Seal: PEACE! You suck!!!!


So onto the second question: how do we build a good relationship?

Other than TIME (can you tell that's important?), of course.

This is where the real juicy part of this blog lives, and in this juicy part exist Two Camps.  For the sake of argument, I'm going to grossly stereotype these camps and then we'll unpack this idea later.

Camp Numero Uno: The So-Called Behaviorists

How sciencey!

These are the trainers who pride themselves on crisp operant conditioning. They have strict criteria, they do not use anthropomorphic terms and so their sentences are exceedingly careful (and long!) when describing how an animal responds to certain stimuli.   They establish a relationship by using primary reinforcement, which they would describe as any unconditioned reinforcer and that limits it to about one thing: food.  After they consider themselves Significant to an animal by way of feeding them, they begin to systematically incorporate secondaries which they define as any conditioned reinforcer.

Relationships are a one-way transaction.  This Camp will often respond to questions by guests or other trainers about animal intelligence or emotion by stating that the animals respond to their trainers simply because they are conditioned to do so.

Camp Numero Dos: The So-Called Dolphin**** Huggers


These trainers describe their relationships with their animals using words like: trust, love, understanding.  Their criteria is only strict on paper; they want to make sure the animals end on a positive and know that each animal may have certain caveats in order to do their behaviors correctly.  They would rather the animal have a good time than to face failure (which isn't a word you'll hear flying around this camp).  Reinforcers are usually whatever the animal likes best, so a primary reinforcer would be defined as whatever the animal likes the best (perhaps reinforcers that did not have to be conditioned), and secondaries are ones that had to be conditioned.

Relationships are mutual.  This Camp will often respond to questions by guests or other trainers about animal intelligence or emotion by using flowery speech and talking about more ethereal, intangible facets of their bond.

Like srsly?

Is anyone just seething after they read those two descriptions and want to throw me a Middle Flipper?  I hope you are.  Why?  Because those are totally exaggerated representations of two very powerful ends of a spectrum.   Not to make anyone feel uncomfortable here, but lookit: we may not fully live in either of those Camps, but maybe we know which Camp we live closer to.  Does that mean it's WRONG to be in Camp One or Two?  Absolutely not.   But it means we probably related more to one of this descriptions, right?

And because we humans love love love to be in Camps (hey, we're social and cultural animals, so we're sort of hard-wired that way), it's easy for us to stand proudly in our own belief structure and criticize the Camp across the street.  I've done it, not that I'm happy or proud to admit that.   But I'm human, and have opinions.  And what I've learned is that really and truly, both Camps have great elements to establishing meaningful relationships with their animals.  And both have...well, faults.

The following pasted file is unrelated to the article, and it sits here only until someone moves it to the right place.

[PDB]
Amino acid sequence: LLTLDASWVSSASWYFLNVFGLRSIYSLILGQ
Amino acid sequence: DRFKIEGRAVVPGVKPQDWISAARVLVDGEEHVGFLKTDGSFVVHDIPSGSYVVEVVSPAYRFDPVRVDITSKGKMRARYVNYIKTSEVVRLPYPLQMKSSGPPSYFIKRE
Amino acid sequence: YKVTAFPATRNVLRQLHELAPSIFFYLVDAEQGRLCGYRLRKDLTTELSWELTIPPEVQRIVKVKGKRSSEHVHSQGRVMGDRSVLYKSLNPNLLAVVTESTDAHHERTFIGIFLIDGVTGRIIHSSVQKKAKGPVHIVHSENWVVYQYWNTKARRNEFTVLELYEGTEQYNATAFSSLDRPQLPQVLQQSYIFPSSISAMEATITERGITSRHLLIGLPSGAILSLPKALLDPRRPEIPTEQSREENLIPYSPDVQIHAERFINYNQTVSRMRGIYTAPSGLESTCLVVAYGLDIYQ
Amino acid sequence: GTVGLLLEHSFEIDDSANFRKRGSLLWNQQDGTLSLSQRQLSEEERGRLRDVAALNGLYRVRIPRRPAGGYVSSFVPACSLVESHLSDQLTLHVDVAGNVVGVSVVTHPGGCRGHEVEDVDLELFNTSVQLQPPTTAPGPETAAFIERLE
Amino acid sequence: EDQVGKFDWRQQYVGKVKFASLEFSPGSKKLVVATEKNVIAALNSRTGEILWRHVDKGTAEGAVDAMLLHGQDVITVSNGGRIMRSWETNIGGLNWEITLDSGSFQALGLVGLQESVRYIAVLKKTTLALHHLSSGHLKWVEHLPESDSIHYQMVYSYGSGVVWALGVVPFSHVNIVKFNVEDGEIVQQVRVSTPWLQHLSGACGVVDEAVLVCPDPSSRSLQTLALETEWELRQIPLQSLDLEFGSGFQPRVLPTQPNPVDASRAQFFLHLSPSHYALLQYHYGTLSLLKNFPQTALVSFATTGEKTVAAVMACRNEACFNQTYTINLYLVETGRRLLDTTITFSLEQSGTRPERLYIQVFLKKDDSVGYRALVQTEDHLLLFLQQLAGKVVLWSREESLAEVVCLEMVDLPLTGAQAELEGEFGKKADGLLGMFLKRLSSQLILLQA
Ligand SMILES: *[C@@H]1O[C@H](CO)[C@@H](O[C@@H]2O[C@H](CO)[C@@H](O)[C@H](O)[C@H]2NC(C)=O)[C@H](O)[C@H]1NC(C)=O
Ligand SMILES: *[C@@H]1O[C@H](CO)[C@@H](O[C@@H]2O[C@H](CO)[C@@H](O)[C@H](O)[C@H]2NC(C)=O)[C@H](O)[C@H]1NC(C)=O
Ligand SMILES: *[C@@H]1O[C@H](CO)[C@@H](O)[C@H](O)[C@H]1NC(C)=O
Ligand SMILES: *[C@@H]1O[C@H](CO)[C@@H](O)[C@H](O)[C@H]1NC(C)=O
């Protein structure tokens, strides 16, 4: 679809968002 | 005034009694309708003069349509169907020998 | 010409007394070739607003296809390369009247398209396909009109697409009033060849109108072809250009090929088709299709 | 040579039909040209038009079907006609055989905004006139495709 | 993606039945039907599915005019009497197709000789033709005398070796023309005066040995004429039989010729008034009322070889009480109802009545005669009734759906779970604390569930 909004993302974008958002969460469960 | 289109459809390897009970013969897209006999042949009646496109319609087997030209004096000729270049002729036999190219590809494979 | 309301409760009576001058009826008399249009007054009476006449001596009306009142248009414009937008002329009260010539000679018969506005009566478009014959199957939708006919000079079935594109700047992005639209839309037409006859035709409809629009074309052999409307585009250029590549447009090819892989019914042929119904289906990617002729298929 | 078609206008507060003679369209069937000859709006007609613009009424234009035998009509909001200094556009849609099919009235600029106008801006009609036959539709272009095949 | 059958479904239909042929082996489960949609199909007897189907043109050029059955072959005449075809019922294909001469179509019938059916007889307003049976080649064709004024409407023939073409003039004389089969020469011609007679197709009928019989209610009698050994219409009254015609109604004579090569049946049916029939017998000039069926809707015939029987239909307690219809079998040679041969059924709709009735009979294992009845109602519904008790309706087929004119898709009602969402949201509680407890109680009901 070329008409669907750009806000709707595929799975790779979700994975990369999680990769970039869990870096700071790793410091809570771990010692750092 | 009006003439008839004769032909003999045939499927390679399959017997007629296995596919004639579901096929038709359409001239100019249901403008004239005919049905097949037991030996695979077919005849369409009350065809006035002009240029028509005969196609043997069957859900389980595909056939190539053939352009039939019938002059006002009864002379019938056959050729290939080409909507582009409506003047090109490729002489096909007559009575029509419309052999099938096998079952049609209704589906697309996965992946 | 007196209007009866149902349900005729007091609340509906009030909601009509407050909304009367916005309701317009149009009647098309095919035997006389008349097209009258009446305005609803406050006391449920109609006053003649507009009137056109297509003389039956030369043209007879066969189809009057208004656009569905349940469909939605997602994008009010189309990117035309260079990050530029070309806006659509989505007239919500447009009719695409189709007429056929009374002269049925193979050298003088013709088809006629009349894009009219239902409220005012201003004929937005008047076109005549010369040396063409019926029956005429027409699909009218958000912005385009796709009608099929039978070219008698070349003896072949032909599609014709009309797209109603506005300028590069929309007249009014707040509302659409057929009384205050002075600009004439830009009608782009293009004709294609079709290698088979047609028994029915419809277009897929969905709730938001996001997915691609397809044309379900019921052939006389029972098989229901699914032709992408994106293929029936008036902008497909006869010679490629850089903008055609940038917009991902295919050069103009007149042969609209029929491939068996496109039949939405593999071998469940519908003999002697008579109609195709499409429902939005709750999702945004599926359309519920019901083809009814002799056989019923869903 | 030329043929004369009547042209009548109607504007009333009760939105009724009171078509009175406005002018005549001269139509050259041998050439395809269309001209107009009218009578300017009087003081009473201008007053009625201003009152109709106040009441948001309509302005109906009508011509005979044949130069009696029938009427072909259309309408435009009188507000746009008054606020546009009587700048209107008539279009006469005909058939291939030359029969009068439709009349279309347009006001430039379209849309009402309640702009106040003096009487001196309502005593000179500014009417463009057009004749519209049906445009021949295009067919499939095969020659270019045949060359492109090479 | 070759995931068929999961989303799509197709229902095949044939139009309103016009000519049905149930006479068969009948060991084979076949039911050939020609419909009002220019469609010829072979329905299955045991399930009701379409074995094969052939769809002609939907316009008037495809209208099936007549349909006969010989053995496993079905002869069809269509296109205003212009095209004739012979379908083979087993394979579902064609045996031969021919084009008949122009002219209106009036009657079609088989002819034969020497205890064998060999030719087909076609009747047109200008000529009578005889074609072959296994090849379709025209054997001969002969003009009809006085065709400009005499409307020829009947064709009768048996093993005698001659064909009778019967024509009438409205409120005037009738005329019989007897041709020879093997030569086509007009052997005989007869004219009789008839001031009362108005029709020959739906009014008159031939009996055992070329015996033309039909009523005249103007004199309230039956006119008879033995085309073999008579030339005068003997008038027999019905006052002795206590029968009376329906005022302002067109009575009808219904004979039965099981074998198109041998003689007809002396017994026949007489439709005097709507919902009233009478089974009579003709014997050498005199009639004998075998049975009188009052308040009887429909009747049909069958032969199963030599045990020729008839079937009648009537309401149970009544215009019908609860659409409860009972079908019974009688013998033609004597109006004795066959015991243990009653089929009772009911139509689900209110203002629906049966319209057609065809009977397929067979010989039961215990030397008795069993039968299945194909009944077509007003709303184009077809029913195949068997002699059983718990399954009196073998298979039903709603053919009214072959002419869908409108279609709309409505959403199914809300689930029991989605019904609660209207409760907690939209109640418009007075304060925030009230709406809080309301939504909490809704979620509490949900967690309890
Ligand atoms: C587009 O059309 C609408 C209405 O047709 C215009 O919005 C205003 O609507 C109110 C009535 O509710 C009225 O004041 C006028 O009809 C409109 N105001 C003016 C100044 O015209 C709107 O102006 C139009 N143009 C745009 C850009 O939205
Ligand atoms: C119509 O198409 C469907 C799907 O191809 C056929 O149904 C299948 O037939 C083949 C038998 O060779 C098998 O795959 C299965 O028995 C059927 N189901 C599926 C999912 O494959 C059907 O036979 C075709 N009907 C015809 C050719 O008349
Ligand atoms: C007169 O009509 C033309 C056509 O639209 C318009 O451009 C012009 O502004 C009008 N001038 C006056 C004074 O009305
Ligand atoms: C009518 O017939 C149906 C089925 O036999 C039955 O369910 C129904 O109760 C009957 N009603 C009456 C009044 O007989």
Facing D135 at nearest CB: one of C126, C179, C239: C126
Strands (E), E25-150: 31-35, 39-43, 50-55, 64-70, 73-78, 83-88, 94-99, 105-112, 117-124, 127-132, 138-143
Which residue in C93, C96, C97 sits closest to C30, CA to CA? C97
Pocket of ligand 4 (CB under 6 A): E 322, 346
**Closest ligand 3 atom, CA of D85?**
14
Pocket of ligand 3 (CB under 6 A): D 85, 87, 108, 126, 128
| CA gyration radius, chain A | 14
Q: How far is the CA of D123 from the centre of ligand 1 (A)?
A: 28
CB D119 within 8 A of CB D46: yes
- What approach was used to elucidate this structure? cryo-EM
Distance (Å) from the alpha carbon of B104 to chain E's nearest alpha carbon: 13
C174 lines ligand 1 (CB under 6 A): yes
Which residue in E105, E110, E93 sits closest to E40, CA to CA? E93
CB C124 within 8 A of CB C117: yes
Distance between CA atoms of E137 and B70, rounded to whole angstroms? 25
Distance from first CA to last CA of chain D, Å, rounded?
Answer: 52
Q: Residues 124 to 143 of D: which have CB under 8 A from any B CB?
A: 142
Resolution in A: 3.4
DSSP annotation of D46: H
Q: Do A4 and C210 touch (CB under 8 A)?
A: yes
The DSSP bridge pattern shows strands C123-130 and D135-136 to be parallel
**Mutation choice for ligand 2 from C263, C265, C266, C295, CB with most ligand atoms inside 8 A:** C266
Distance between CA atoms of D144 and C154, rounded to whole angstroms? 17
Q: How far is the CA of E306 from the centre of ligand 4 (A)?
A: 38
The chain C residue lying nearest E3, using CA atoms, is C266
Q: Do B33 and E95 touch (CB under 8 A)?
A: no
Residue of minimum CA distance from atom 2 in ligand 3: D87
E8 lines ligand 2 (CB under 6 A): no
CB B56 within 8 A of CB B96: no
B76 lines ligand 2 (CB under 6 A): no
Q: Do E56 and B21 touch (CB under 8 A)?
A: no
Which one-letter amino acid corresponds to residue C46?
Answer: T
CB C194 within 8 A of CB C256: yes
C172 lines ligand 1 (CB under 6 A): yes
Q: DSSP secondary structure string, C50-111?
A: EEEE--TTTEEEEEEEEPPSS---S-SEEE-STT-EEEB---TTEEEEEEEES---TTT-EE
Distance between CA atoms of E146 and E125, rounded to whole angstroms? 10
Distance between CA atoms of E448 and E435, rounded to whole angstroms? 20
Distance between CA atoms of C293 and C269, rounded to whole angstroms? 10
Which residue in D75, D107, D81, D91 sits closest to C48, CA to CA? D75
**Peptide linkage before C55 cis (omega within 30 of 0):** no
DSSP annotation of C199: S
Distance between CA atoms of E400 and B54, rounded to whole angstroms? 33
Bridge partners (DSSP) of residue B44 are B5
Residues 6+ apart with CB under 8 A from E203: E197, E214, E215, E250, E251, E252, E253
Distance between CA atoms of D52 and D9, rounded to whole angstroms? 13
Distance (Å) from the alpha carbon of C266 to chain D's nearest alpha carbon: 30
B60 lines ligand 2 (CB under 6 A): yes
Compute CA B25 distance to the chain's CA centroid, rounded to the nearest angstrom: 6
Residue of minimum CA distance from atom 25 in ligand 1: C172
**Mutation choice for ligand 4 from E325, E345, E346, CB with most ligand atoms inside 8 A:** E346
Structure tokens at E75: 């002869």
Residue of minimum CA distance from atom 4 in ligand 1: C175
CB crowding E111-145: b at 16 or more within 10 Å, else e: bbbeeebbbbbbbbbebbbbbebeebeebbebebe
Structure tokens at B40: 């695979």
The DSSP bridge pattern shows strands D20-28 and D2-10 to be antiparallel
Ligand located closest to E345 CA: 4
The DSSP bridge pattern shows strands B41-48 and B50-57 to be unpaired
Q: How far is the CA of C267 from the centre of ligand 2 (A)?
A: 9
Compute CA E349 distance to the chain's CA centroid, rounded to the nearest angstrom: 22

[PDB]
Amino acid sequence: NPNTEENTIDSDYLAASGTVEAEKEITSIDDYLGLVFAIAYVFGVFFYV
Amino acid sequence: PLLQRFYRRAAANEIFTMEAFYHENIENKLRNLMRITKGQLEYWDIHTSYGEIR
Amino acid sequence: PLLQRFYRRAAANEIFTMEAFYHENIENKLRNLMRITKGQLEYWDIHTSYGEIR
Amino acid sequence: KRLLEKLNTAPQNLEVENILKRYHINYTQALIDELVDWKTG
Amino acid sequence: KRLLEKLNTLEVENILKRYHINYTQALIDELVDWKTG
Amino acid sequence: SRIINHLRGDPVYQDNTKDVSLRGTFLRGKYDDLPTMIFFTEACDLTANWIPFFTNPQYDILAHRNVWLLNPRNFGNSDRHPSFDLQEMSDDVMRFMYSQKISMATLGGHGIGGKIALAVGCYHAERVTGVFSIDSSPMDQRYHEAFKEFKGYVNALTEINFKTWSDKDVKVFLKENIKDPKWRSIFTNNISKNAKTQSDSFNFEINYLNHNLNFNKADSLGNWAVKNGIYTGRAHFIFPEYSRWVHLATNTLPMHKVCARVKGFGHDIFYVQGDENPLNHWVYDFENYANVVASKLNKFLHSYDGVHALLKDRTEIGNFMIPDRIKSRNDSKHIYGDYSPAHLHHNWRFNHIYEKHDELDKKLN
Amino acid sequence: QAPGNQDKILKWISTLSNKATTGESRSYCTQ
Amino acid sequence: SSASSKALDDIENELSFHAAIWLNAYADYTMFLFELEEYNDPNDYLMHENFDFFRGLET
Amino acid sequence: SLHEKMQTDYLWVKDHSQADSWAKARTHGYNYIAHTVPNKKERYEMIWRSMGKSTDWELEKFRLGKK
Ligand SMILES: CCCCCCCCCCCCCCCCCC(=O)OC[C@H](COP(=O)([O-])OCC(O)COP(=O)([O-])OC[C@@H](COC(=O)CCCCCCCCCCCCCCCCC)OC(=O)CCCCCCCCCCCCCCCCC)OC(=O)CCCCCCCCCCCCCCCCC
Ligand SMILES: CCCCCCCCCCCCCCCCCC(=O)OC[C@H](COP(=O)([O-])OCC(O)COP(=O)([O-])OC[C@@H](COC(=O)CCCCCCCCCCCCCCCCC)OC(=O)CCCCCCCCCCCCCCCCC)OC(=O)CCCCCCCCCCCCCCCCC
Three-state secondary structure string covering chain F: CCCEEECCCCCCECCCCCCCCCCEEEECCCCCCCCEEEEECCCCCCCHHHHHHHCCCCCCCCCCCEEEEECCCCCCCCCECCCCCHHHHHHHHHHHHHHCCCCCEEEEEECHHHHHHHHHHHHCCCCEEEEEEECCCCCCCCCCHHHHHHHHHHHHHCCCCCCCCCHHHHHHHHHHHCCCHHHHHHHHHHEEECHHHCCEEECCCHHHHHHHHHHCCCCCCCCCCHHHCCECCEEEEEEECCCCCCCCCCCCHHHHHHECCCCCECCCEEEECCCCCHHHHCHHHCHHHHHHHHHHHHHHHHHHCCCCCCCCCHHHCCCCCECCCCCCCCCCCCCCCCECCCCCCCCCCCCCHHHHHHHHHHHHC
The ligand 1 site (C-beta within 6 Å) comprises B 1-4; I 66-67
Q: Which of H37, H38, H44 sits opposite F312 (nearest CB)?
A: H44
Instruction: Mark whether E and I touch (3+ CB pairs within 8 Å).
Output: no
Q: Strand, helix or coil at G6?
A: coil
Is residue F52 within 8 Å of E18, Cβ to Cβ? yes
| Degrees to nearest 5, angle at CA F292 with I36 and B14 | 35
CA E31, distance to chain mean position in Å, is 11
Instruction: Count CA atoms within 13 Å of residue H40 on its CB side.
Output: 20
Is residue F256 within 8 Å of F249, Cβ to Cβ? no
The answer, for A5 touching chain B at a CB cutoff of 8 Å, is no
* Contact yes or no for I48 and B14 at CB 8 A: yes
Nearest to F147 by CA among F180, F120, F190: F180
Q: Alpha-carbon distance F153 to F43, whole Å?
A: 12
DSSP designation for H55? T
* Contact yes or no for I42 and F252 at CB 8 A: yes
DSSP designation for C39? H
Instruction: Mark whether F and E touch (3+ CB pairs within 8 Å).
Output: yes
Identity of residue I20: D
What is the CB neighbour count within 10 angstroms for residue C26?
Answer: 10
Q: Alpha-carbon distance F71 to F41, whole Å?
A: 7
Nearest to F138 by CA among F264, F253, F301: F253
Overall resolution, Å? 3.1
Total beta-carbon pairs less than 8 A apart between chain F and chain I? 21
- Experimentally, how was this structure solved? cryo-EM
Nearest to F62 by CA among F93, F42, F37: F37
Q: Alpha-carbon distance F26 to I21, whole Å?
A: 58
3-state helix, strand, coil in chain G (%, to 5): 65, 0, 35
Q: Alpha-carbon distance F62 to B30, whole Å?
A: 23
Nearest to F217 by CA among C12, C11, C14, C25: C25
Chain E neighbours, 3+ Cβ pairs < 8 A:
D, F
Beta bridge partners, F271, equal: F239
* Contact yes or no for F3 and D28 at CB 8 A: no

We animal trainers don't have a devil and an angel on our shoulders.  We have Scientist and Animal Lover.

Poor Stock Photo guy!

I think the burgeoning scientist in us all occasionally comes out and whispers in our ear, "don't look too much like a dolphin hugger, it's not scientific."  And then the kind-hearted animal lover whispers in our other ear, "But does it have to be so cold and systematic? Those animals are unique individuals!"

And depending on who we surround ourselves with at work and in the industry as a whole, we listen to one of those voices more than the other.

But guess what?  Just because you're more of a Dolphin Hugger type doesn't mean that you don't adhere to strict behavioral principles.  And just because you're more of a Behaviorist type doesn't mean you don't fiercely love your animals.   How is that possible?  Because...

You can't have a great relationship with your animal without understanding him or her as an individual with emotions, needs, likes, dislikes, and a decent memory.  And you can't communicate clearly or establish solid foundations on which you'll build trust and respect without creating and maintaining solid, predictable behavioral goals.   You have to live in both Camps.


Here's an example of what I'm talking about:

Let's say there's this flighty dolphin named Flora. In my experience, having worked at places on both ends of the spectrum, animals with anxiety and extreme sensitization do better when rules are initially and clearly laid out for them.  Not because the trainer Must Have Compliance, but so the animal knows how to follow the rules and how to clearly break them.

In Flora's case, we focus on the basics: her heads-up stationing, her response time to SDs, and how she responds to things that scare the living *#&% out of her.  You know, like if we accidentally hit our elbow on one of the floating docks, she freaks out for the rest of the session.  Or one time we blew our whistle underwater and OH MY GOD THE WORLD ENDED.  Also, she is the world's finickiest eater, so just getting her to eat her fish is a behavior in and of itself.